Bakken Shale Expected to Peak in Seven Years

By Trent Jacobs 17 Jun 2014

More than 21 billion bbl of light, sweet crude oil will be extracted over the lifetime of the Bakken and Three Forks shale plays, according to the latest projections from energy consultancy group Wood Mackenzie. The two plays are found in the United States’ prolific Williston Basin and together produce approximately 1 million BOEPD. As production rises from the deeper Three Forks formation, the firm predicts that production from the Bakken Shale will reach its peak between 2020 and 2021. 

Despite the fact that production growth is slowing in the Bakken, Wood Mackenzie said there will be commercial opportunities throughout the basin for years to come. Reductions in drilling and completion costs and increased recovery rates are driving operators to explore less-rich areas of the Bakken. “It might not have made sense in 2010 to spend (USD) 13 million on a Bakken well that is only going to get about 300,000 BOE out of the ground,” said Jonathan Garrett, an upstream analyst at Wood Mackenzie who specializes in the Williston basin. “But flash forward to today: now it might make sense to spend (USD) 6 or 7 million on a well to get 300,000 to 350,000 BOE.” 

The chart to the right, courtesy of Wood Mackenzie, shows a wide margin between Wood Mackenzie’s latest reserve estimates and the US Geological Survey estimates for recoverable oil in the Bakken and Three Forks plays in North Dakota’s Williston basin. 

Garrett said new technology, better well completion methods, and tighter well spacing will lead to higher overall recovery rates from the two shale plays than previously thought. Last year, the US Geological Survey estimated that ultimate production of light, sweet crude from the Williston basin would top out at 7.4 billion bbl. Wood Mackenzie said its reserve estimate was higher because operators will increasingly drill wells closer and closer together, a practice known as down spacing. “We looked at likely and proven operator down-spacing patterns throughout the play, whereas the USGS is of the mind that probably fewer than four wells per spacing unit into the Bakken and Three Forks will be the ultimate development pattern,” Garrett said. “We regard that as a bit conservative given the fact that we have seen much more dense projects throughout the Williston basin.”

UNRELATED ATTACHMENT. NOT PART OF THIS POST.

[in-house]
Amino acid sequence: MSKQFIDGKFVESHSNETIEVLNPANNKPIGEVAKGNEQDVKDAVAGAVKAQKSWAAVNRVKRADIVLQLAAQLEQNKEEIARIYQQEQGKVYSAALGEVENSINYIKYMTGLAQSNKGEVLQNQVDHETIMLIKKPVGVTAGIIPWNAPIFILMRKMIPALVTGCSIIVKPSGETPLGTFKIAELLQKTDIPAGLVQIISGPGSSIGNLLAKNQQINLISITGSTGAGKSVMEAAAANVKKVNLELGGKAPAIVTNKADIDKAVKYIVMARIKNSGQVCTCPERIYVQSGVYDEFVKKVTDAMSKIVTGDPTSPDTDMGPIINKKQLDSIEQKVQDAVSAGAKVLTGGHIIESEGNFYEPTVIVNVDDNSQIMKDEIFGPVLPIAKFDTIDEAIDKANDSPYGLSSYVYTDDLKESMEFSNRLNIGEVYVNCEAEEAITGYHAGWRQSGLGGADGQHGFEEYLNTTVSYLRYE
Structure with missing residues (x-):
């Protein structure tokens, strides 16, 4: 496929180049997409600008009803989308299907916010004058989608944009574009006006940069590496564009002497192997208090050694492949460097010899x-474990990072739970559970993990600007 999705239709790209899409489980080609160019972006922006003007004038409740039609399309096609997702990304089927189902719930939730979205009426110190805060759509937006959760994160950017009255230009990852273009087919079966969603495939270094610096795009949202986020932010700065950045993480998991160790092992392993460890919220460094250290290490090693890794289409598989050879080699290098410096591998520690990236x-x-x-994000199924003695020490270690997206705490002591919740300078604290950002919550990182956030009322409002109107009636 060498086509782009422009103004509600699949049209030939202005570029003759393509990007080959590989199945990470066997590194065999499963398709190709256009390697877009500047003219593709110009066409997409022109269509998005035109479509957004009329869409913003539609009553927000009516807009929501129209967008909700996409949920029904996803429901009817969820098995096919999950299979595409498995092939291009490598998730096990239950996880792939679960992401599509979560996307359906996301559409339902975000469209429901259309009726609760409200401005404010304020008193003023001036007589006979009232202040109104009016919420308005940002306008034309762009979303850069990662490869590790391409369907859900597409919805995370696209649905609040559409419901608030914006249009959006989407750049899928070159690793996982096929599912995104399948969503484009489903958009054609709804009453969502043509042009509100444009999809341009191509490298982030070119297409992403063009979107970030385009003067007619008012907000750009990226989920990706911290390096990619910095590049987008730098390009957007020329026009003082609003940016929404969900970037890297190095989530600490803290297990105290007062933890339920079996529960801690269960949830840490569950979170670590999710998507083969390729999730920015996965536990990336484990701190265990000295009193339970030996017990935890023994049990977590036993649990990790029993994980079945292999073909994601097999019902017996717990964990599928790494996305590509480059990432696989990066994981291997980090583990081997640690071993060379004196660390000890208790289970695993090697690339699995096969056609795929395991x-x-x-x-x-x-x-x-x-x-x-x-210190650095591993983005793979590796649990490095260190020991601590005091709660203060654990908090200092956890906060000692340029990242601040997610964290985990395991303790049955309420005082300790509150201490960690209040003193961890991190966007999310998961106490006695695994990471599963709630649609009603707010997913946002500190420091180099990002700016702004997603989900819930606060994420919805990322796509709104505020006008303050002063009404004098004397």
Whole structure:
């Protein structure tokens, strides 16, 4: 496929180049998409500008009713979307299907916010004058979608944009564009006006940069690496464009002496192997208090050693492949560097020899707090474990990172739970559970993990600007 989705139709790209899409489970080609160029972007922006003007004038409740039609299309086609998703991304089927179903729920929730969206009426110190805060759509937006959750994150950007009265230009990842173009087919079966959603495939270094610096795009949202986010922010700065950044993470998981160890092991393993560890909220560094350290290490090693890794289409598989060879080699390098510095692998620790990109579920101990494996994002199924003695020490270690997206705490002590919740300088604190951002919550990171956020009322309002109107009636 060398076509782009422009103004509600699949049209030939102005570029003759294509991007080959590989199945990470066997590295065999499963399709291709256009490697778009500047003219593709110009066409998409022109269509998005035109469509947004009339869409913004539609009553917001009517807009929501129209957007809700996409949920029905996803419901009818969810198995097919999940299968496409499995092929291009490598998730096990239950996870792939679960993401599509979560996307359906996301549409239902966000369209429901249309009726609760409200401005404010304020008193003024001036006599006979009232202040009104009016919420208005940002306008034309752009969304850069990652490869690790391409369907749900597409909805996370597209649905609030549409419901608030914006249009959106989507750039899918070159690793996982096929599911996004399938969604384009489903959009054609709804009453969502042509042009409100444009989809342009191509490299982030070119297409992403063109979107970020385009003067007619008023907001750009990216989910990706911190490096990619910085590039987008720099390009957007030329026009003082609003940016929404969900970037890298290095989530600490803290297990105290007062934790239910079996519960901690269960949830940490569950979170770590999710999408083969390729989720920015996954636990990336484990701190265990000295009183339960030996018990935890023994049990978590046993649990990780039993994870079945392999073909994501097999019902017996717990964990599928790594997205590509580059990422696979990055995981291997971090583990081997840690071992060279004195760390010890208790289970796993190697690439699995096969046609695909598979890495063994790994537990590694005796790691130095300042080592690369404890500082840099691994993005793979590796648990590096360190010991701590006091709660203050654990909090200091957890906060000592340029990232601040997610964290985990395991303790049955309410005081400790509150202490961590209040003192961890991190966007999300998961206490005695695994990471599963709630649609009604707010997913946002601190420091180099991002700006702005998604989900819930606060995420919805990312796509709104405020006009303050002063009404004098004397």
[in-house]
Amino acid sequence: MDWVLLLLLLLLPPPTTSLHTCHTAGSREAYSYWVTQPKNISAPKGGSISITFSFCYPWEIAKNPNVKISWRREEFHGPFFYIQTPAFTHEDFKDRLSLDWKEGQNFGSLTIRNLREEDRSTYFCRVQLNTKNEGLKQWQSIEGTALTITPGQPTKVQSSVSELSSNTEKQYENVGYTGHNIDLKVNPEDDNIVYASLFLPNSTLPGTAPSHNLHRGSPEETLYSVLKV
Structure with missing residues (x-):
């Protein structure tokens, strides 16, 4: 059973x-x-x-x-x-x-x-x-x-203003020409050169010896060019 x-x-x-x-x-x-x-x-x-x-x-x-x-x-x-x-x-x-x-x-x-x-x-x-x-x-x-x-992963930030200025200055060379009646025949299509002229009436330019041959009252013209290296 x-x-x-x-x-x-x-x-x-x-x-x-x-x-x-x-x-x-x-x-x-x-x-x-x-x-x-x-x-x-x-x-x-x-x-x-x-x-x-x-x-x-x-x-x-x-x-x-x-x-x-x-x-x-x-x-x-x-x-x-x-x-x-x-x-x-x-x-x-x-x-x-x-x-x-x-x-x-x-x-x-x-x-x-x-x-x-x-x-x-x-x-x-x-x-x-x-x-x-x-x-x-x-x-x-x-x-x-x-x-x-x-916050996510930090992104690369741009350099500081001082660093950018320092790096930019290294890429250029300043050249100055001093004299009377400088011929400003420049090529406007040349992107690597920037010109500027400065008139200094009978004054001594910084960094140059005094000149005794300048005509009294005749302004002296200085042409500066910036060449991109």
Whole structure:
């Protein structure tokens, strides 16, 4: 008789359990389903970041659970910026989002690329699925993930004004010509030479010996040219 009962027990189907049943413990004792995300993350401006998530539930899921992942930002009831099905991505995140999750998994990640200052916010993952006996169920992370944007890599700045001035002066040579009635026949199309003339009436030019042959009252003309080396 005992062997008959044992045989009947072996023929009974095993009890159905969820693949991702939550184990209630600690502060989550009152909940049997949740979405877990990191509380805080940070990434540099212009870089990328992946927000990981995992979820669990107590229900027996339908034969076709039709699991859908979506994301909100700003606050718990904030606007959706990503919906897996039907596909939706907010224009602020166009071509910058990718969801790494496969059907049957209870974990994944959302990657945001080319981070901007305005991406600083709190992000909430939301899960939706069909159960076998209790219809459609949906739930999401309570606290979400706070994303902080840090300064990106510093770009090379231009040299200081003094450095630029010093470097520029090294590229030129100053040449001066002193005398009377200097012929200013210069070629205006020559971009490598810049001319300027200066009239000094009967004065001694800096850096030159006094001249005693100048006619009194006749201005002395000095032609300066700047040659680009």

In areas where the Bakken has been most developed, operators are increasingly turning their attention to the deeper Three Forks shale that is formed of multiple sections known as benches. Production rates from wells drilled into the uppermost bench of the Three Forks has been positive, but lower-than-expected production rates from the lower part of the formation have downgraded the play’s outlook. Garrett said that because of this, “the footprint for commercial development of the Three Forks will be considerably smaller than previously expected.” 

“There are pieces of the Bakken that are becoming more interesting,” he said. “But we really do think it will be offset by the smaller economic footprint of the lower benches of the Three Forks.”

Trent Jacobs is a Technology Writer for the Journal of Petroleum Technology.